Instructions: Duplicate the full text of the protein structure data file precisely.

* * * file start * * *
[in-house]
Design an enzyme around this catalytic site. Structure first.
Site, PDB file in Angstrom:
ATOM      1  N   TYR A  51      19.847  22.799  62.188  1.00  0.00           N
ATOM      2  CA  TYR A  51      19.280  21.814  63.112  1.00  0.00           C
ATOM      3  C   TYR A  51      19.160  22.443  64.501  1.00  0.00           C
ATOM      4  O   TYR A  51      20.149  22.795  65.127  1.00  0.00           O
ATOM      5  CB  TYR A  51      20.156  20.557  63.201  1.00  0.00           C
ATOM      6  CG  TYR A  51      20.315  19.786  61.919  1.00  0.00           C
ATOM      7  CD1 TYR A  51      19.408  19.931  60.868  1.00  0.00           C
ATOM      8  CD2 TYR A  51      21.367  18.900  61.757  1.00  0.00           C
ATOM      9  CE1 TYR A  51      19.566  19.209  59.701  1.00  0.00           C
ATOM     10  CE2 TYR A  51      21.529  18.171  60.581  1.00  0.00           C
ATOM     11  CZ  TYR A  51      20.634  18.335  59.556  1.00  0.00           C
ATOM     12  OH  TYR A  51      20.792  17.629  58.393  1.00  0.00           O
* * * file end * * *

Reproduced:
[in-house]
Design an enzyme around this catalytic site. Structure first.
Site, PDB file in Angstrom:
ATOM      1  N   TYR A  51      19.847  22.799  62.188  1.00  0.00           N
ATOM      2  CA  TYR A  51      19.280  21.814  63.112  1.00  0.00           C
ATOM      3  C   TYR A  51      19.160  22.443  64.501  1.00  0.00           C
ATOM      4  O   TYR A  51      20.149  22.795  65.127  1.00  0.00           O
ATOM      5  CB  TYR A  51      20.156  20.557  63.201  1.00  0.00           C
ATOM      6  CG  TYR A  51      20.315  19.786  61.919  1.00  0.00           C
ATOM      7  CD1 TYR A  51      19.408  19.931  60.868  1.00  0.00           C
ATOM      8  CD2 TYR A  51      21.367  18.900  61.757  1.00  0.00           C
ATOM      9  CE1 TYR A  51      19.566  19.209  59.701  1.00  0.00           C
ATOM     10  CE2 TYR A  51      21.529  18.171  60.581  1.00  0.00           C
ATOM     11  CZ  TYR A  51      20.634  18.335  59.556  1.00  0.00           C
ATOM     12  OH  TYR A  51      20.792  17.629  58.393  1.00  0.00           O